I just see no way how the Tribe does not win Game 7 of the 2016 World Series if it were 50 degrees, like it should be in Cleveland on Nov. 2.
Our pitching would win over the bats. It would be too cold to hit. We'd probably sneak by with a 2-1 victory.
Instead, it was a calm, warm 69-degree night throughout the game. The ball was carrying out, and the Cubs defeated the Tribe 8-7 in a 10-inning thriller in Game 7 of the World Series to overcome a 3-1 deficit and become world champs.
Unlike 1997, I am not curled up in a ball in my New York City apartment, weeping, after a cruel 11-inning loss in Game 7 to the godforsaken Florida Marlins. This time, I accept the fact that the Indians lost a 3-1 series lead, did not win the World Series and lost in extra innings in Game 7.
Of course, a lot will be made of god intervening with a 17-minute rain delay in between the ninth and 10th innings to take away the Tribe's momentum. Maybe God did intervene. But I contend that America's god — money — intervened more, and my Tribe deserves mad props for what it did.
The fact that my Tribe nearly won the World Series with a $98 million payroll against a team that has a $167 payroll makes me smile.
Major League Baseball is an uneven playing ground. The Tribe also beat the payroll of the $199 million Boston Red Sox in the ALDS. And we won the AL Central over the $199 million payroll of AL Central rival Detroit Tigers.
Turnabout is fair play. The Cavs came back from a 3-1 deficit to win the 2016 NBA Finals. The Indians gave up a 3-1 lead in the World Series. So be it.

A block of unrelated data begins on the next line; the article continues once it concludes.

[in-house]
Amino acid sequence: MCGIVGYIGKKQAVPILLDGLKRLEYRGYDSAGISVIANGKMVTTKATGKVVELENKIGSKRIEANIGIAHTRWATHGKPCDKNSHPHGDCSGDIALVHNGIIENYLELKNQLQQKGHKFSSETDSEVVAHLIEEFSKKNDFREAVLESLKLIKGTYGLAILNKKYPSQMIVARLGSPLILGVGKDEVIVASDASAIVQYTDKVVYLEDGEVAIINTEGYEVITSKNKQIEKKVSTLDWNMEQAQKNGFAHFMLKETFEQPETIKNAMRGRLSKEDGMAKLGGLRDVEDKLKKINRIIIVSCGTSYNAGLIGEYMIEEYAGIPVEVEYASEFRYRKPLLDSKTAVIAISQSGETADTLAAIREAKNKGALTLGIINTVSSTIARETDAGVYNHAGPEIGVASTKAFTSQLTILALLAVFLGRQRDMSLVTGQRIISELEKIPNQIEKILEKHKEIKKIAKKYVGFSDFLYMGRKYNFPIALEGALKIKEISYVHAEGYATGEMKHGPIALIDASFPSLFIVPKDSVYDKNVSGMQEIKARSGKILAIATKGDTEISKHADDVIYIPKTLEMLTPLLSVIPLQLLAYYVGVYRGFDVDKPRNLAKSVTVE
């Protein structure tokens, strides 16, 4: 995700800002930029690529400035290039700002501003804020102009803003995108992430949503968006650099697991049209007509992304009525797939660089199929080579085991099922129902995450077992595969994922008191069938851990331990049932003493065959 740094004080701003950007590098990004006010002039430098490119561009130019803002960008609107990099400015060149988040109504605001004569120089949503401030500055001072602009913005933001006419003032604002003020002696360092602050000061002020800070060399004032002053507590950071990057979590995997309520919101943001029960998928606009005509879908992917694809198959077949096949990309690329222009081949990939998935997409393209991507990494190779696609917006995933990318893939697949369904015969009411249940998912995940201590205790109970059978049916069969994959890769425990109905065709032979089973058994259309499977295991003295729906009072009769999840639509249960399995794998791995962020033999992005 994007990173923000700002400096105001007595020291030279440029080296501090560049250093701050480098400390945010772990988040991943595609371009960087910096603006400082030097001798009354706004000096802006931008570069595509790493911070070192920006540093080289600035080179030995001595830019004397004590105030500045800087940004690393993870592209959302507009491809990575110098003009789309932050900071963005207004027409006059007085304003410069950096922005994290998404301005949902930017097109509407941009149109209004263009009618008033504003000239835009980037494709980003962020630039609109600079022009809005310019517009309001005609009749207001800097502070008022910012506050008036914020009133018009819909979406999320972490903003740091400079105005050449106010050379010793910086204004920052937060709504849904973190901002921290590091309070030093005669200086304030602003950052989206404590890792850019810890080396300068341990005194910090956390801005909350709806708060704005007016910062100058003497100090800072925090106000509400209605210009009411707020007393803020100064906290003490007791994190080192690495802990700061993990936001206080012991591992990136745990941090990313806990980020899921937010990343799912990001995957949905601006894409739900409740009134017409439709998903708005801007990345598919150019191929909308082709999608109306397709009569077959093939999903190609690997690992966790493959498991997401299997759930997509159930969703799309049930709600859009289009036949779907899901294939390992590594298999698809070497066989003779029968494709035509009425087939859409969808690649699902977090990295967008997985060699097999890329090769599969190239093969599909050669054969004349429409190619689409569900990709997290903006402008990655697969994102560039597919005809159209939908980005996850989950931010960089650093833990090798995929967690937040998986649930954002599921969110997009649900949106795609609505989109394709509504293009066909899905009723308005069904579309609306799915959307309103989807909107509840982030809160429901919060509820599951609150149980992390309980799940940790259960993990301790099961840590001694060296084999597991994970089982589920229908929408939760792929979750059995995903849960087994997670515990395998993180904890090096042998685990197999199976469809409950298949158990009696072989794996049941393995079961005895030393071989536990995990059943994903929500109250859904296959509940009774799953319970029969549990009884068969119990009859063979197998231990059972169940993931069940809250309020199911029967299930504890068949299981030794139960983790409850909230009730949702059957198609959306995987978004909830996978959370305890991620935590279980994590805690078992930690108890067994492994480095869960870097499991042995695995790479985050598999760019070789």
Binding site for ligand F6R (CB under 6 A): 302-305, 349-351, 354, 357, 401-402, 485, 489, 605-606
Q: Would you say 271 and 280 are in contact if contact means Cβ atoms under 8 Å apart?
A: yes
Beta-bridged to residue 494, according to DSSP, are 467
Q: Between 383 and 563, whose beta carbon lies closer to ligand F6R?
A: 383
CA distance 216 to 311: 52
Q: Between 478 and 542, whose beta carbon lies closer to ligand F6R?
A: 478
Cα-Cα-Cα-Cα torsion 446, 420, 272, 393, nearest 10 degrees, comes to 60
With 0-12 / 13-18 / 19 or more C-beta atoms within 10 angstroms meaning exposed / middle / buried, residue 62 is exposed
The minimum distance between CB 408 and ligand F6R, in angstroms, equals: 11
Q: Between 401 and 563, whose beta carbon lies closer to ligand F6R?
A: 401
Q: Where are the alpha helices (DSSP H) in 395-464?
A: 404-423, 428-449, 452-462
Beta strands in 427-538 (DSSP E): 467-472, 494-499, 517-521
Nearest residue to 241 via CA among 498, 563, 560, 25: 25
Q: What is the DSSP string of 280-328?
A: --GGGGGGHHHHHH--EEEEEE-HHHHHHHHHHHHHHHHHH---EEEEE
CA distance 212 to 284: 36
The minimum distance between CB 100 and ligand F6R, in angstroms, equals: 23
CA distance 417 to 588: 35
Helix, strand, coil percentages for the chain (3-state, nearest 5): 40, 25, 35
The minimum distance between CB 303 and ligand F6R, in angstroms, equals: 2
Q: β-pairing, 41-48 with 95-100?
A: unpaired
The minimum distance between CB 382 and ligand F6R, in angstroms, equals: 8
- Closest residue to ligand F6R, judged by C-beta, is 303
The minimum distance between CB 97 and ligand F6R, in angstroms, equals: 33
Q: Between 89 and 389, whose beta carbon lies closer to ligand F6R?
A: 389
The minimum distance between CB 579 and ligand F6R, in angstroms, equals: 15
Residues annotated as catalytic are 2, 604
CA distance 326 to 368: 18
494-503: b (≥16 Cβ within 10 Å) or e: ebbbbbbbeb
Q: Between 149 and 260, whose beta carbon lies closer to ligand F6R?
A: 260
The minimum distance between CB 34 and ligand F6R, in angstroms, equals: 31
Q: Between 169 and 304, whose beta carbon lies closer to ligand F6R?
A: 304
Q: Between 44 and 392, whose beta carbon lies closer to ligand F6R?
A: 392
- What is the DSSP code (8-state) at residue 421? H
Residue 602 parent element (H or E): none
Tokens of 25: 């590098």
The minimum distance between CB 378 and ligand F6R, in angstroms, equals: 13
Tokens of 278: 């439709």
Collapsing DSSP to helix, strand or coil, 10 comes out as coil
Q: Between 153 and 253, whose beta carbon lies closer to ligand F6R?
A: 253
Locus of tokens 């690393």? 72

In my lifetime, the Tribe is now 0-4 in World Series close-out games. The Tribe is also 0-2 in extra inning Game 7s during my life. But somehow, through it all, I feel that my love for the Tribe has only become more intense because of those facts and this season.
We're talking baseball. We're talking Tribe! ... I care deeply about my Cleveland Indians, and I am certain that fans in New York, Chicago and Los Angeles do not have a relationship that compares to mine with the Tribe.
But this is a story about the Cleveland Indians, love and what it means to follow a major-league team in a small market. This is something people in New York, Chicago and L.A. will never have. I highly doubt anyone's high school in those markets ever experienced having half of their high school walk to opening day and watch the opener. I did!
This World Series has only confirmed my love for the Tribe. There's something to be said to be always rooting for the underdog. That's called loyalty.
There's something to be said for listening or watching approximately 80 Tribe games per year, every year, even when you live in Los Angeles. That's called love of baseball, love of the Tribe and loyalty.
Thank you so much, Tom Hamilton, the voice of the Indians, for giving me another great year of love, hope and even a World Series! The Tribe made it to the seventh game of the World Series. We lost. But this was absolutely, 100 percent the best baseball season of my life.
Yeah, the Tribe lost, but I think it proved something. We are a lovable team, a lovable franchise, a lovable city. New York, Chicago and L.A. will never have what I have. You guys got the population and economics. We got the heart.
Thank you, Tribe. I love you.